Who's On First Life Cycle Documentation

WOF is growing, up

Who’s On First is Mapzen’s gazatteer of places. Within Who’s On First, each place is represented as a record with a unique and stable identifier that we call the wof:id. Because our gazetteer tracks changes to places over time we create new records when places experience significant events (and point the old record forward to the new record’s wof:id).

The Who’s On First wof:id comes with various levels of complexity and convention; the guidelines around the wof:id can be found in our new Who’s On First ID Life Cycle Documentation.

So, why is documenting these rules is so important?

It is important to document the rules around wof:id because sometimes a place experiences a change so significant that it warrants “snapshotting” it in the past preserving its original wof:id so that it (the place) can move forward with a new wof:id.

For example: St. Petersburg, Russia became Leningrad for a while, then changed back to St. Petersburg. These are all the same “place”, but should have different Who’s On First records, each with a unique and stable wof:id to represent each snapshot in time.

The rules in Who’s On First may differ from the assumptions that a user or application has; documentation allows downstream data consumers and mapping services to optimize data usage and understand the assumptions in the data structure.

The folks over at the UK’s Local Ordnance Survey wrote a life cycle document to detail a set of tracking rules around the features in their OS MasterMap database. The Local Ordnance Survey’s User Guide was used as an outline for our own document due to it’s complexity and detail. They did a great job at explaining the possible workflows around their feature IDs - a big thanks!

The following snippet from the Local Ordnance Survey document summarizes their reasonings well:

“The features within OS MasterMap vector layers are viewed as having a life cycle. The life cycle of each feature is matched, where practically possible, to that of the real-world object it represents. For example, a new building will become a new object in the Ordnance Survey main holding of the data and will be treated as the same feature – even if it undergoes change – until the building is demolished. By adopting this approach, Ordnance Survey is emulating real-world behaviour within a digital model and therefore creating a more realistic version of the real world in a computer.”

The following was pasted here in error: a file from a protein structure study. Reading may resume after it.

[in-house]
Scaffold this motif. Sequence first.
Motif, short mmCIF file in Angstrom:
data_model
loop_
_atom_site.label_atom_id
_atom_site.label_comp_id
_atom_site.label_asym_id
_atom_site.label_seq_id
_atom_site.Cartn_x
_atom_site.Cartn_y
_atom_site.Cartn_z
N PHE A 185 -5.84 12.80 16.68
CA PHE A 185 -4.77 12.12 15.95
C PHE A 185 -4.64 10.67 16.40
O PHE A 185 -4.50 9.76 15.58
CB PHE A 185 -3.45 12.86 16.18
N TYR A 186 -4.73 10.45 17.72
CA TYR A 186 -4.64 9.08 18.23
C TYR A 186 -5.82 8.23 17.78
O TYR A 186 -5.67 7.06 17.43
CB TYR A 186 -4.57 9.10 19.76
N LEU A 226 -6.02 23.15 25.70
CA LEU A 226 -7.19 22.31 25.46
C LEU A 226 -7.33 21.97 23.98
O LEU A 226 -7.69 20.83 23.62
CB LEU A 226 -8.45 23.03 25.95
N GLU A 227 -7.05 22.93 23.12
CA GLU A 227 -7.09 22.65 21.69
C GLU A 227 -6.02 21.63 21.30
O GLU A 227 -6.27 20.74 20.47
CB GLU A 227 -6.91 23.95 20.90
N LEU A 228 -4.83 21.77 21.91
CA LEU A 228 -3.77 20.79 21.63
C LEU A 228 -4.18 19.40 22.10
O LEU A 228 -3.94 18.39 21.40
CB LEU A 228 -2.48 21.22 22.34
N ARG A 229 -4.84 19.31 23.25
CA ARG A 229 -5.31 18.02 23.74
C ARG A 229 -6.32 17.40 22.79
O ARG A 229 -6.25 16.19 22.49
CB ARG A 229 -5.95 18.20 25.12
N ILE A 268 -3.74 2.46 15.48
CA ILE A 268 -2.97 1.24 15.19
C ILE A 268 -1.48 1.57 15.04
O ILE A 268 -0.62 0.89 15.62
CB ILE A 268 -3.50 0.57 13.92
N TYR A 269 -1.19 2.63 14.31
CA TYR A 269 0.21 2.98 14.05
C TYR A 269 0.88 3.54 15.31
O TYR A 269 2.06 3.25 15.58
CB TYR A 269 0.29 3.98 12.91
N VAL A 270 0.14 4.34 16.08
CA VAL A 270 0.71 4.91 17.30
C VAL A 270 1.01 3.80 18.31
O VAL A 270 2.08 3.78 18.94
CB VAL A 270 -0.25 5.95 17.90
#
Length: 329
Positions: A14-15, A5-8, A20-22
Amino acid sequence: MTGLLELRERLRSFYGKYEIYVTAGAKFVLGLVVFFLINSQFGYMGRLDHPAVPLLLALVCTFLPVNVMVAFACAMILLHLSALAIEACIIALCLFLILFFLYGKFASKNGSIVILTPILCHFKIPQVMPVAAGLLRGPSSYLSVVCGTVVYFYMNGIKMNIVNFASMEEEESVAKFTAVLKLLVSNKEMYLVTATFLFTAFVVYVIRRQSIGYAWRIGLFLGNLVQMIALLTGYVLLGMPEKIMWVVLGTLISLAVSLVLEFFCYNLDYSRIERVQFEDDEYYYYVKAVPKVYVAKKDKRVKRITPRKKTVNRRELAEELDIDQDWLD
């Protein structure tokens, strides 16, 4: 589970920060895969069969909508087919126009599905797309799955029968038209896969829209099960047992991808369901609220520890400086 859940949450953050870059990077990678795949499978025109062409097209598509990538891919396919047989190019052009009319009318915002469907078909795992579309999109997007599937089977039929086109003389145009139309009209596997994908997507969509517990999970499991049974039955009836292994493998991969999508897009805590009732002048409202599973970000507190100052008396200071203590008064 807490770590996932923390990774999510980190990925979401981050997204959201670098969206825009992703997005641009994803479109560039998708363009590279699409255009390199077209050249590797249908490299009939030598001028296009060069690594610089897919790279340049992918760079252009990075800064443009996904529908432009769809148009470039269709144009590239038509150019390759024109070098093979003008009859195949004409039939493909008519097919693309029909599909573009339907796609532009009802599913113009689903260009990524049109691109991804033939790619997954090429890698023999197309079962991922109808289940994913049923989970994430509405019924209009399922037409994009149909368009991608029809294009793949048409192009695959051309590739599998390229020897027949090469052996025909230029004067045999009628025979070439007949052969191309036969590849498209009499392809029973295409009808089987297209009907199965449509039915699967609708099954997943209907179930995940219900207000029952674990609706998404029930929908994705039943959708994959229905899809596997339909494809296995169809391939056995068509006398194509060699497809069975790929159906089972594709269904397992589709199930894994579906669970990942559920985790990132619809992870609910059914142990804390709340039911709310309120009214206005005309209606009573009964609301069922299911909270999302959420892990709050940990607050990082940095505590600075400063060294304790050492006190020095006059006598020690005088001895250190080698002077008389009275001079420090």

“Essentially, these rules indicate when an OS MasterMap feature will be retained and when it will be replaced, for different types of feature and different change scenarios. These rules are not only there to guide surveyors (from Ordnance Survey) collecting and attributing the features, but also to provide customers with a consistent definition of how real-world change is handled by Ordnance Survey.”

The Flowchart

And now, our handy flowchart to help you visualize feature wof:id life cycle workflows in Who’s On First:

The short version

  • Create: This workflow should be followed for any new features that are being imported to Who’s On First that the database does not already contain.

  • Alter: Altered feature workflows occur to features that are already in Who’s On First.

  • End of Life: Used for features that are no longer current (think closed businesses or dissolved administrative districts).

  • Renew: A workflow outcome that requires the existing feature to be “replaced” with a new feature. This requires some superseding work for the wof:id, see our life cycle document for more detail.